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A has many Bs, B has many Cs. C has a property called thing:

class A < ActiveRecord::Base
  has_many :bs
end
class B < ActiveRecord::Base
  belongs_to :a
  has_many :cs
end
class C < ActiveRecord::Base
  belongs_to :b
  attr_accessible :thing
end

I'd like to query for all Bs belonging to an A, and eagerly load Cs that belong to said B:

> a = A.first
  A Load (0.2ms)  SELECT "as".* FROM "as" LIMIT 1
 => #<A id: 1, created_at: "2012-08-21 09:25:18", updated_at: "2012-08-21 09:25:18"> 
> bs = a.bs.includes(:cs)
  B Load (0.2ms)  SELECT "bs".* FROM "bs" WHERE "bs"."a_id" = 1
  C Load (0.1ms)  SELECT "cs".* FROM "cs" WHERE "cs"."b_id" IN (1)
 => [#<B id: 1, a_id: 1, created_at: "2012-08-21 09:25:22", updated_at: "2012-08-21 09:25:22", thing: nil>] 
> 

This works well:

> bs[0]
 => #<B id: 1, a_id: 1, created_at: "2012-08-21 09:25:22", updated_at: "2012-08-21 09:25:22", thing: nil> 
> bs[0].cs
 => [#<C id: 1, b_id: 1, thing: 2, created_at: "2012-08-21 09:29:31", updated_at: "2012-08-21 09:29:31">] 
> 

—but not in the case where I want to later perform where() searches on the Cs that belong to B instances:

> bs[0].cs.where(:thing => 1)
  C Load (0.2ms)  SELECT "cs".* FROM "cs" WHERE "cs"."b_id" = 1 AND "cs"."thing" = 1
 => [] 
> bs[0].cs.where(:thing => 2)
  C Load (0.2ms)  SELECT "cs".* FROM "cs" WHERE "cs"."b_id" = 1 AND "cs"."thing" = 2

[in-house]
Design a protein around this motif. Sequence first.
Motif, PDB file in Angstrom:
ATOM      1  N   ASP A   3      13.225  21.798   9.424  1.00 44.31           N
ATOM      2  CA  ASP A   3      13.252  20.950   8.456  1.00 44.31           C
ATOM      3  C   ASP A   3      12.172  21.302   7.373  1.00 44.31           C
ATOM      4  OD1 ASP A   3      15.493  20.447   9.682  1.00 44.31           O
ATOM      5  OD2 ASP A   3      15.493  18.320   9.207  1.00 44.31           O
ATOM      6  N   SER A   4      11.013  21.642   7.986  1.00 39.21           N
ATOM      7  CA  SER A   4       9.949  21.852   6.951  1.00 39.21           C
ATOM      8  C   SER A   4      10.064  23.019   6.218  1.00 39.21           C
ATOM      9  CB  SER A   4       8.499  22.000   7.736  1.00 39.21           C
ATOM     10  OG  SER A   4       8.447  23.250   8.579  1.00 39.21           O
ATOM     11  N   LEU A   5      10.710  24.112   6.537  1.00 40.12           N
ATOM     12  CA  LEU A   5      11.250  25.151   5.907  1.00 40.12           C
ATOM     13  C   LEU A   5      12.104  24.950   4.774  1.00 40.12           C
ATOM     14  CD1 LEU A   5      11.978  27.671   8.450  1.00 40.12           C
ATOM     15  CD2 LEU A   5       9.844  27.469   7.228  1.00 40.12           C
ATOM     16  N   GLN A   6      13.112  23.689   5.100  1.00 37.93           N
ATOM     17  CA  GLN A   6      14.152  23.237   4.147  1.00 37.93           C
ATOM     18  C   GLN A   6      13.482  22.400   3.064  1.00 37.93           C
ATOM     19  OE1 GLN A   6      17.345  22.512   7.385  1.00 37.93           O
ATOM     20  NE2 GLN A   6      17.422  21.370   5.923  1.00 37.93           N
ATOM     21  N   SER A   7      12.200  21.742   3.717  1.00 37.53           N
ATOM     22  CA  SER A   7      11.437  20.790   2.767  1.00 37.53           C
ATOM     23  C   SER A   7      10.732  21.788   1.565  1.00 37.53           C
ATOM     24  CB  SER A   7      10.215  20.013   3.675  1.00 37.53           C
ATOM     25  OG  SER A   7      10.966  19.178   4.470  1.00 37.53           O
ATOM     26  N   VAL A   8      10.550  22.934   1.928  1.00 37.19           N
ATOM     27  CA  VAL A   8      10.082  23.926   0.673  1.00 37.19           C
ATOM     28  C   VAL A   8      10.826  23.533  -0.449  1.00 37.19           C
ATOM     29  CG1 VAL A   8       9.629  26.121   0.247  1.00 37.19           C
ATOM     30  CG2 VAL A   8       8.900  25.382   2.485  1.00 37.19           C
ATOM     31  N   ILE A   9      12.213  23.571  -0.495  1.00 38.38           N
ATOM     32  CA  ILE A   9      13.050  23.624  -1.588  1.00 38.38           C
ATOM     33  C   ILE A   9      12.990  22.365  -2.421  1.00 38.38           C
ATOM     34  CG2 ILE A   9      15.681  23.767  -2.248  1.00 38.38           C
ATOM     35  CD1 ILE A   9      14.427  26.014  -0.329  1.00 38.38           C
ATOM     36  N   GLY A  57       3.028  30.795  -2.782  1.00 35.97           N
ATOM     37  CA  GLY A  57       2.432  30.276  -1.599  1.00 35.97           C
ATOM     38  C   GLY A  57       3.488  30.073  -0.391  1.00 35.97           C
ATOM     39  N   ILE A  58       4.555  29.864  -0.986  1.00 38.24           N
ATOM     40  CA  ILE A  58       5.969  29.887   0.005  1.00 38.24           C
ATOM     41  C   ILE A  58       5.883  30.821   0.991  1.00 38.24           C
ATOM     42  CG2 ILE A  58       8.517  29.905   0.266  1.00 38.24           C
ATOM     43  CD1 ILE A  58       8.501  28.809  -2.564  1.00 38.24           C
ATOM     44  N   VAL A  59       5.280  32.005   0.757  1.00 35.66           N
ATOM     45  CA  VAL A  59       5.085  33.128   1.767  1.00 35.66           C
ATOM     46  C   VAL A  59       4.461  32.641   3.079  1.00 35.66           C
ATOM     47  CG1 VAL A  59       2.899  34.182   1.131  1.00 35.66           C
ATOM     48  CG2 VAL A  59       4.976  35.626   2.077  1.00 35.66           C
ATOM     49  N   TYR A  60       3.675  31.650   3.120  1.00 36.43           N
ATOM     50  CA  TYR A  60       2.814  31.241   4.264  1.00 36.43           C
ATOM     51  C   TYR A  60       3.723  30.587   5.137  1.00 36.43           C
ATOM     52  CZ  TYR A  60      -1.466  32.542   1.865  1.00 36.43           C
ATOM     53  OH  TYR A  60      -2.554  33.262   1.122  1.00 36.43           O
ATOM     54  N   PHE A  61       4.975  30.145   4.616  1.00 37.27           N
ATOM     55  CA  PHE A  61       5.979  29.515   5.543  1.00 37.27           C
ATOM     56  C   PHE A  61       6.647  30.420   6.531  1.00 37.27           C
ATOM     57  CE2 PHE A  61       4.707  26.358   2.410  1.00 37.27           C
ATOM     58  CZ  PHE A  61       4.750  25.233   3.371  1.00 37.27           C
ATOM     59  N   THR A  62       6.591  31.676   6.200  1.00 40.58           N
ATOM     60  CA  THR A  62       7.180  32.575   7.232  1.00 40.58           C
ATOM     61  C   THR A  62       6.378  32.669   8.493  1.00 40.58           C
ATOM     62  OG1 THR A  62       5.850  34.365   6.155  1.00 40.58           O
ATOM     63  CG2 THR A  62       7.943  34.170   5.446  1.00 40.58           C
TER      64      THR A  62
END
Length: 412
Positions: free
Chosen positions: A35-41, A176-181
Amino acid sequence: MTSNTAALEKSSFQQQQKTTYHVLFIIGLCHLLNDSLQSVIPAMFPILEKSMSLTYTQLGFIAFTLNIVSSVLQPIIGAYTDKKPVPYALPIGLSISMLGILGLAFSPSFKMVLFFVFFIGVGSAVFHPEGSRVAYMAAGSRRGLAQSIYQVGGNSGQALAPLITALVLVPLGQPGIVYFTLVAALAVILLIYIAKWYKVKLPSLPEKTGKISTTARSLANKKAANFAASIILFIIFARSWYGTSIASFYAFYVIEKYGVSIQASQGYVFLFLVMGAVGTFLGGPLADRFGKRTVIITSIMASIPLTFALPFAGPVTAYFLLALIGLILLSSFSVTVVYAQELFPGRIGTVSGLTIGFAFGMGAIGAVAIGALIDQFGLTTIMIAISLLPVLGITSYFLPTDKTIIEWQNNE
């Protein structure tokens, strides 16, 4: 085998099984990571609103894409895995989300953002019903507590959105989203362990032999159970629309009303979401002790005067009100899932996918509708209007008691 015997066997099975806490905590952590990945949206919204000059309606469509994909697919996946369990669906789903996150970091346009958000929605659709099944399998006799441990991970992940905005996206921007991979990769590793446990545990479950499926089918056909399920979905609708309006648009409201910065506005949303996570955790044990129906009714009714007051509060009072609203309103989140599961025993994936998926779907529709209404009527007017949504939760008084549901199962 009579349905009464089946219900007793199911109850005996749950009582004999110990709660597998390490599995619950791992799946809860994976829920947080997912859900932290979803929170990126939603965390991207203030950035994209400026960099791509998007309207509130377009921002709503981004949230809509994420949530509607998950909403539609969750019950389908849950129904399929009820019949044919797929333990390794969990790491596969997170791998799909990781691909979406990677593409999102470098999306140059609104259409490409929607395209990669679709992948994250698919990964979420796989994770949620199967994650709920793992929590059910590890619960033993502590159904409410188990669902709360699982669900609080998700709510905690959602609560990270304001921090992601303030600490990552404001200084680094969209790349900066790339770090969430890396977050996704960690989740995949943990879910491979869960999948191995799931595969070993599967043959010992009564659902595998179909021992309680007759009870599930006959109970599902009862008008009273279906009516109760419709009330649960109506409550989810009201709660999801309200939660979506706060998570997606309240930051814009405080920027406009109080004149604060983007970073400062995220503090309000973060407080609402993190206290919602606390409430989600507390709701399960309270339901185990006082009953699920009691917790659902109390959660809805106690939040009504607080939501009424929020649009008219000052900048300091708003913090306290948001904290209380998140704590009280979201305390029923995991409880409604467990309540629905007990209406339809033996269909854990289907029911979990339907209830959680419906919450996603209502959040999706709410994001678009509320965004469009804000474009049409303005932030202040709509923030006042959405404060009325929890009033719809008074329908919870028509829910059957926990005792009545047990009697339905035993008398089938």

=> [#<C id: 1, b_id: 1, thing: 2, created_at: "2012-08-21 09:29:31", updated_at: "2012-08-21 09:29:31">] 
> 

Note that queries are re-issued, despite our having the available information.

Of course, I can just use Enumerable#select:

> bs[0].cs.select {|c| c.thing == 2}
 => [#<C id: 1, b_id: 1, thing: 2, created_at: "2012-08-21 09:29:31", updated_at: "2012-08-21 09:29:31">] 
>

This avoids a re-query, but I was sort of hoping Rails could do something similar itself.

The real downside is that I want to use this code where we don't know if the association has been eagerly loaded or not. If it hasn't, then the select method will load all C for B before doing the filter, whereas the where method would produce SQL to get a smaller set of data.

I'm not convinced this matters at all, but if there was something I'm missing about eager loading, I'd love to hear it.

share|improve this question
up vote 1 down vote accepted

I don't think you're missing anything. I don't believe active record can do anything that smart -- and it would be very difficult to do reliably I think. Like you say, it would have to determine whether you've eager-loaded the association, but it would also have to make a guess as to whether it would be faster to loop through the in-memory collection of Cs (if it's a small collection) or whether it would be faster to go to the database to get all the appropriate Cs in one shot (if it's a very large collection).

In your case, the best thing might be to just set the default scope to always preload the cs, and maybe even write your own fancy method to get them by thing. Something like this maybe:

class B < ActiveRecord::Base
  belongs_to :a
  has_many :cs
  default_scope includes(:cs)

  def cs_by_thing(thing)
    cs.select{|c|c.thing == thing}
  end
end

Then you could always know that you never go back to the DB when querying for your cs:

a = A.first
[db access]
a.bs.first
[db access]
a.bs.first.cs
a.bs.first.cs_by_thing(1)
a.bs.first.cs_by_thing(2)
share|improve this answer
    
Thanks for your answer. This is the eventual way we ended up doing things, but your analysis about AR needing to be able to decide which way to go is spot on. – Nicole Izumi Sep 23 '12 at 11:15

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